Echoes of the new constitution introduced in South Africa last year continue to reverberate. By offering a political voice to the Asian and mixed-race minorities but not to the black majority, it produced a wave of black unrest. The government responded evasively with a vague promise of black "political participation." Black agitation surged, the white business community started declaring that apartheid is bad for business, and anti- apartheid pressures, popular and official, began building in the United States. Result: President P. W. Botha, insisting that South Africa will not bend, is bending -- on the key issue of black political rights.
His latest step is an unprecedented hint of a political role for urban blacks, who work in the white economy and live outside the artificial "homelands" to which apartheid consigns them for the purpose of denying them political rights in South Africa. It is only a hint: this is the typical crab-like performance of a leadership that, while anxious to disarm foreign and domestic criticism, is no less anxious to avoid further erosion of its core white constituency. But it is a major event.
Among whites, liberals reacted to it with cautious approval. The Afrikaner element that has broken with him found confirmation of its certainty that he is pursuing racial integration. It appears, however, that Mr. Botha designed his words to preserve his political base -- whites who believe in controlled change to survive.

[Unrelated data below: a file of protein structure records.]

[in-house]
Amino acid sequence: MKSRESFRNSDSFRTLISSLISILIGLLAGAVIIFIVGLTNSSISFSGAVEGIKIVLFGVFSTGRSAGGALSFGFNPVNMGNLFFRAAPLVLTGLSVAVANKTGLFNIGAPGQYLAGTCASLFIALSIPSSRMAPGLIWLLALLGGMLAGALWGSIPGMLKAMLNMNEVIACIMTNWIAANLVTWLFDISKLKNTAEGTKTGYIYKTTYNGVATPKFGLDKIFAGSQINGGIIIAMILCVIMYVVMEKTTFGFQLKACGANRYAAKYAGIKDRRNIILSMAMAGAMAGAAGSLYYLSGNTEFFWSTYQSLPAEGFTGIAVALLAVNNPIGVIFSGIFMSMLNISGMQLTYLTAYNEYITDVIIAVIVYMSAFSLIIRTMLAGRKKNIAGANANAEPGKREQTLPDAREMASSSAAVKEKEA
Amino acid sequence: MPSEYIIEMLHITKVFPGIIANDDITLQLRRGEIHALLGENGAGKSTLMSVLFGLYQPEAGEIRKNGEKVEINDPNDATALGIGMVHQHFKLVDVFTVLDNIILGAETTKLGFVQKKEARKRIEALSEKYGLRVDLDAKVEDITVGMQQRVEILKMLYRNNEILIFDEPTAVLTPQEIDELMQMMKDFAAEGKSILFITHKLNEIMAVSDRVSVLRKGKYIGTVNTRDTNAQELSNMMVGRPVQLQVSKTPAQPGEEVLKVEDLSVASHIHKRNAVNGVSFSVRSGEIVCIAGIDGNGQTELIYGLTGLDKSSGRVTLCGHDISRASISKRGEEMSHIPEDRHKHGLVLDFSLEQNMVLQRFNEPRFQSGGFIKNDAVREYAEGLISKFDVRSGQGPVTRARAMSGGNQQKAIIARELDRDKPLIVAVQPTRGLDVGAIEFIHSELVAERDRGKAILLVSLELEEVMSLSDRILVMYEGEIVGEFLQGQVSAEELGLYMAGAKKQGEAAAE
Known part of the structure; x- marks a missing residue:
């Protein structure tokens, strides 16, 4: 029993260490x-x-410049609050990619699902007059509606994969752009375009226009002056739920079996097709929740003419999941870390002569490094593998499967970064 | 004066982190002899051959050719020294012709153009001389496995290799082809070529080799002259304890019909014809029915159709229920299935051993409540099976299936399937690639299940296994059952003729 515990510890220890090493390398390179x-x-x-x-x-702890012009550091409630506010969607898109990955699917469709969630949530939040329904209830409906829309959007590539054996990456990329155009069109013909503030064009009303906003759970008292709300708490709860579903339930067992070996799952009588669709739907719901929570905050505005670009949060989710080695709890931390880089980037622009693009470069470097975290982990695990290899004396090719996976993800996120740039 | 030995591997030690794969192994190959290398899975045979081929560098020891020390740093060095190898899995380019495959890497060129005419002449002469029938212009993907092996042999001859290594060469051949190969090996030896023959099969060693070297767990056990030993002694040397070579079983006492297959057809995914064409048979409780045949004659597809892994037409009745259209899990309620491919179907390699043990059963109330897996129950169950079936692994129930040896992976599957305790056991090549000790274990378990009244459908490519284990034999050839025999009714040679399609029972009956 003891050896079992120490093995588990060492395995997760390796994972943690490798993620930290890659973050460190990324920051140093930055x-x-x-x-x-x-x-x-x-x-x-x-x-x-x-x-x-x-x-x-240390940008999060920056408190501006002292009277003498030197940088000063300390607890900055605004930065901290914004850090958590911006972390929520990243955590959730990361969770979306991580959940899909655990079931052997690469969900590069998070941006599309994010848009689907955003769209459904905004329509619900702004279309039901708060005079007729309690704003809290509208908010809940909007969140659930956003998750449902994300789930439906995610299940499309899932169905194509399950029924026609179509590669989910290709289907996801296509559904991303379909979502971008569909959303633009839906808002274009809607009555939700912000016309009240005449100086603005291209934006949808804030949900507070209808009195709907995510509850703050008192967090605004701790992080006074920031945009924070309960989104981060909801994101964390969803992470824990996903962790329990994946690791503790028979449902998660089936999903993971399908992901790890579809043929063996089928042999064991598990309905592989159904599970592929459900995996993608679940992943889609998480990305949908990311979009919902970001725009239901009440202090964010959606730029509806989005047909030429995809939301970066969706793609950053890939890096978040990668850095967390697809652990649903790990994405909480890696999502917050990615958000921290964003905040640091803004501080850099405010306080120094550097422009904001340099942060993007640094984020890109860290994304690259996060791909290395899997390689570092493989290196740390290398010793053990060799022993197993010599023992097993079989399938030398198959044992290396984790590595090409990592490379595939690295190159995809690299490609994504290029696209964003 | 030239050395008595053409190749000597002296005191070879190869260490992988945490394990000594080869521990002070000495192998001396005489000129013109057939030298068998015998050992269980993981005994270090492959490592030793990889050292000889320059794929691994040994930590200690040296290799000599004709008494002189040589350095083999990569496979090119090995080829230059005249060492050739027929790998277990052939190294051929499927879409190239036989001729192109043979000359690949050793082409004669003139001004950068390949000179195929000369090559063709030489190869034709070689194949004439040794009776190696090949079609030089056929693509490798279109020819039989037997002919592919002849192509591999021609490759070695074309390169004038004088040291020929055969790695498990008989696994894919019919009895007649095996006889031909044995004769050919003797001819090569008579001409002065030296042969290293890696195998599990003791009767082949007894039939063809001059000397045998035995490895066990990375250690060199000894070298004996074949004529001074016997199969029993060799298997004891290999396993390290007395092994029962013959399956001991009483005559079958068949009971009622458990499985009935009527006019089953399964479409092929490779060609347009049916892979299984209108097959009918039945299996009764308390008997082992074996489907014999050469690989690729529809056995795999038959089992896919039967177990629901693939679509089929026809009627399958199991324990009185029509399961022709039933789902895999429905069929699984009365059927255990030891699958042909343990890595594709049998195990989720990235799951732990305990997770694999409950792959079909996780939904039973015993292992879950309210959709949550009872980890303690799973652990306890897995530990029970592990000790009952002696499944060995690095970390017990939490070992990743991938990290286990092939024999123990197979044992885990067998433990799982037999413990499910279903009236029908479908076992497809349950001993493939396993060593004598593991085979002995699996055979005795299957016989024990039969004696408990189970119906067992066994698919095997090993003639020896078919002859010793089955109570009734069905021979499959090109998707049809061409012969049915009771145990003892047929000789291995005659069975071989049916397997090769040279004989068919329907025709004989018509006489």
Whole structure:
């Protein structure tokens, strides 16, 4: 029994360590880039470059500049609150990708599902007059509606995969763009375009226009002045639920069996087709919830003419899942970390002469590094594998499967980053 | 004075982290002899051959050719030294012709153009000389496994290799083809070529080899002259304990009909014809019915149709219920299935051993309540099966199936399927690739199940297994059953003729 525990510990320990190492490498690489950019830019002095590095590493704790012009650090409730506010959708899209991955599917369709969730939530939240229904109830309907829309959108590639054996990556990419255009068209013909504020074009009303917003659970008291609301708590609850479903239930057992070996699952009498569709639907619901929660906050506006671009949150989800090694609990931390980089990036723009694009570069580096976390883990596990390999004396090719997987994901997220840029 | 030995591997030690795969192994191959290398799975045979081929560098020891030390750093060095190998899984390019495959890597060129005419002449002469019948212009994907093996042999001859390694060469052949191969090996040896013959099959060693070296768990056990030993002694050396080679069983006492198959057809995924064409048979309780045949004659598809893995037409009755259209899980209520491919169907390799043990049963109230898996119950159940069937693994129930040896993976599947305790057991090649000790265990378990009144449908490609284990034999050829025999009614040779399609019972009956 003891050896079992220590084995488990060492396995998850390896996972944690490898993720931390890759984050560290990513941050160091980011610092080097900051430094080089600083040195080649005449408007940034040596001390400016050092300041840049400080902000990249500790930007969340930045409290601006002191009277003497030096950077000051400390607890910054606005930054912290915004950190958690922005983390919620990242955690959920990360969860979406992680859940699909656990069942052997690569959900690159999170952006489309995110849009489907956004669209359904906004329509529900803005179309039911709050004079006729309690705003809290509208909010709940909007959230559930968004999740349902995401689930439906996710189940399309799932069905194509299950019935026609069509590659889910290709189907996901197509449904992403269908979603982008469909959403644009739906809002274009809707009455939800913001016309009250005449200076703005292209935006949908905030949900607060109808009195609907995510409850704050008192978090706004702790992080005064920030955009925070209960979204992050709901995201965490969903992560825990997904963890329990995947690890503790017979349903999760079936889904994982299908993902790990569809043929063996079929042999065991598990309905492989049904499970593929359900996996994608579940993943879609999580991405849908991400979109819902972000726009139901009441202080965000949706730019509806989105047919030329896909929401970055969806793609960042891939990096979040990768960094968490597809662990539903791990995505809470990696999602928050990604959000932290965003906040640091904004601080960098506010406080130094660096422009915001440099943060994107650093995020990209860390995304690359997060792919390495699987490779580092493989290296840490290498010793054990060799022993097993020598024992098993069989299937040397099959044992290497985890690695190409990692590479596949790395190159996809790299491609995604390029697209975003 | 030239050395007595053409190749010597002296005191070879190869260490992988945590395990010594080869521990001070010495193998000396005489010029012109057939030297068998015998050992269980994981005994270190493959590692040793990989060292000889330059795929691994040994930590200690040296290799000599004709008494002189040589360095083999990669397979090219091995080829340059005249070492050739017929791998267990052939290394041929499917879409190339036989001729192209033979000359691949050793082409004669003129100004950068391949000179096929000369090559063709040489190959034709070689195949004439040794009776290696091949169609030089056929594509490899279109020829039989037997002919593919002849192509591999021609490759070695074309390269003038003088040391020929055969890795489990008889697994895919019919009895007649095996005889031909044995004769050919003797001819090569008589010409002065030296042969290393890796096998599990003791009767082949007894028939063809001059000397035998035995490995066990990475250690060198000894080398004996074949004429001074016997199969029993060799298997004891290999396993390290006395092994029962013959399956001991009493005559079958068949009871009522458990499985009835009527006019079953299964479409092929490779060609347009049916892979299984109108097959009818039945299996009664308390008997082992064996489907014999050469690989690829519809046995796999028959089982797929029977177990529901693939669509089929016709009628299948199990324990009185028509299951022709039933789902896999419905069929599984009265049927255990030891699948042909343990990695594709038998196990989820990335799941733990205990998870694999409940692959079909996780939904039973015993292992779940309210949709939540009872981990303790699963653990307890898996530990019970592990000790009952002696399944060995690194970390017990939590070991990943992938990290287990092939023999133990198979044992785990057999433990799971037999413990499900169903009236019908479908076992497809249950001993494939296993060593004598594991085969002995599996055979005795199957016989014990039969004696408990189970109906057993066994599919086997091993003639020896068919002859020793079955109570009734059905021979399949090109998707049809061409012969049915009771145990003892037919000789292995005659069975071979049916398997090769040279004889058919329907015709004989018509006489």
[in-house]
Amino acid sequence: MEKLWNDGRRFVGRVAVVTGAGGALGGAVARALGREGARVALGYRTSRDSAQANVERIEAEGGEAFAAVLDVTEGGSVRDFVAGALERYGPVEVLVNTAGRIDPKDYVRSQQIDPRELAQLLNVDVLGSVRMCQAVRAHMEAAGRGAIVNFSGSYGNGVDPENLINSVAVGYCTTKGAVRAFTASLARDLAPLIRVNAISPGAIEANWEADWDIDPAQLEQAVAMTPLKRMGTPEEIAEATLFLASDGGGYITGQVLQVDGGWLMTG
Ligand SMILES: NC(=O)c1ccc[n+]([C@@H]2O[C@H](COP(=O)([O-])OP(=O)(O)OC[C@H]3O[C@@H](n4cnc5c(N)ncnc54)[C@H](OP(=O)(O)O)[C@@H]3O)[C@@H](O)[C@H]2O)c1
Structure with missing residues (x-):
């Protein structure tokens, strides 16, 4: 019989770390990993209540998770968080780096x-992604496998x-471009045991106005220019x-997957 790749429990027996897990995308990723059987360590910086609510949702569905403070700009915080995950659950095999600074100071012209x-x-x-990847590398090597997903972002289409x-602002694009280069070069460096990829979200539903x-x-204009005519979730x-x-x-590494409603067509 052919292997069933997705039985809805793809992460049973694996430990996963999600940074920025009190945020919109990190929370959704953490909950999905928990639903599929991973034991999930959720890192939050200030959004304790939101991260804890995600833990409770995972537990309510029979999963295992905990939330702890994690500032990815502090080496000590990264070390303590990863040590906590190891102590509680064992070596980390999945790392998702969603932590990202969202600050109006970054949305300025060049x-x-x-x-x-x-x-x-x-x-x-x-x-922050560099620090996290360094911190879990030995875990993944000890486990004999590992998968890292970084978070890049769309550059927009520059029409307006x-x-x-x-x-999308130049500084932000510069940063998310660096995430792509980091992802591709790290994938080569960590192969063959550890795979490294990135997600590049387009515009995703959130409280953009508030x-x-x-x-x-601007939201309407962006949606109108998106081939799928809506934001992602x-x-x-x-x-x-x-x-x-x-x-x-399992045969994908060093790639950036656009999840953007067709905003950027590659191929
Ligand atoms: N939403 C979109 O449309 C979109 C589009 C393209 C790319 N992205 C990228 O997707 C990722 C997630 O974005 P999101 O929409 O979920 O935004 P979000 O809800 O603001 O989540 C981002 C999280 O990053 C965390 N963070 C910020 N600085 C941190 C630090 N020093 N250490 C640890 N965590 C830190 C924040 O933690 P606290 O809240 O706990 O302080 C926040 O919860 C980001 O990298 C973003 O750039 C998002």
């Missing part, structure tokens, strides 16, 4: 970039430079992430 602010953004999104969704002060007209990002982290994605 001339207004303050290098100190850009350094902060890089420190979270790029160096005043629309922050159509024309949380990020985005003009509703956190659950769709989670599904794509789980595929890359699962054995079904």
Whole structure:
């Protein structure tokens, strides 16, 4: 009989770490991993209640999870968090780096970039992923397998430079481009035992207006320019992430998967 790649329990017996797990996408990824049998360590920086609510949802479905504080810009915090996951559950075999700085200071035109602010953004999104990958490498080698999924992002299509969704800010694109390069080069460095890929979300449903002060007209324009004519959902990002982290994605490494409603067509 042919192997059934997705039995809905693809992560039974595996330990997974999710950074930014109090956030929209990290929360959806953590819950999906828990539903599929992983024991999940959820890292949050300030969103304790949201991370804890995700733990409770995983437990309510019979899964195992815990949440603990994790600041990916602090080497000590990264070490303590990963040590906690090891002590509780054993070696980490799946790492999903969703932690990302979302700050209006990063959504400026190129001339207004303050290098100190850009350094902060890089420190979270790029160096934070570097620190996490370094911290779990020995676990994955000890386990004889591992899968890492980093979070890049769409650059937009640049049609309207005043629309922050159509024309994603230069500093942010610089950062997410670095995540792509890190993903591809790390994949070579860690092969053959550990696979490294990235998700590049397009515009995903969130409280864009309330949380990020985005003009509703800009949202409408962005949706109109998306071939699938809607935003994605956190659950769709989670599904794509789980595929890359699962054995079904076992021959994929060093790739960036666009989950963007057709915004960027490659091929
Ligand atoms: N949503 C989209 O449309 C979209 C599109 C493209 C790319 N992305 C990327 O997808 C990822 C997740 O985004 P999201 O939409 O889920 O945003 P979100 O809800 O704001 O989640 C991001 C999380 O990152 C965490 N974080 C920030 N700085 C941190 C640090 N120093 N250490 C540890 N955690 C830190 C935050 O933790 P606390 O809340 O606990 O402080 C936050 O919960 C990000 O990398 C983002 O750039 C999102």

Can their sort of change meet the sort of change blacks demand? Mr. Botha pleads with "responsible black leaders to take the hand that is being extended to them." But a huge burden rests on him to offer enough promise of equality and dignity to let them take his hand.
Here it is fascinating to ask what Mr. Botha had in mind by allowing South Africa's best-known nationalist, the long-imprisoned Nelson Mandela, to give a rare interview to a (British) newspaper just now. Last month Mr. Botha said he would not negotiate with any group favoring change through violence. Mr. Mandela now says his African National Congress would halt violence if the authorities "legalize us, treat us like a political party and negotiate with us." This, like Mr. Botha's remarks, is, in effect, bargaining.
In such bargaining Americans have only a secondary role, but an important one. It is to press, unremittingly, for change. The administration encourages change quietly, others push more forcefully. It seems to be having an effect.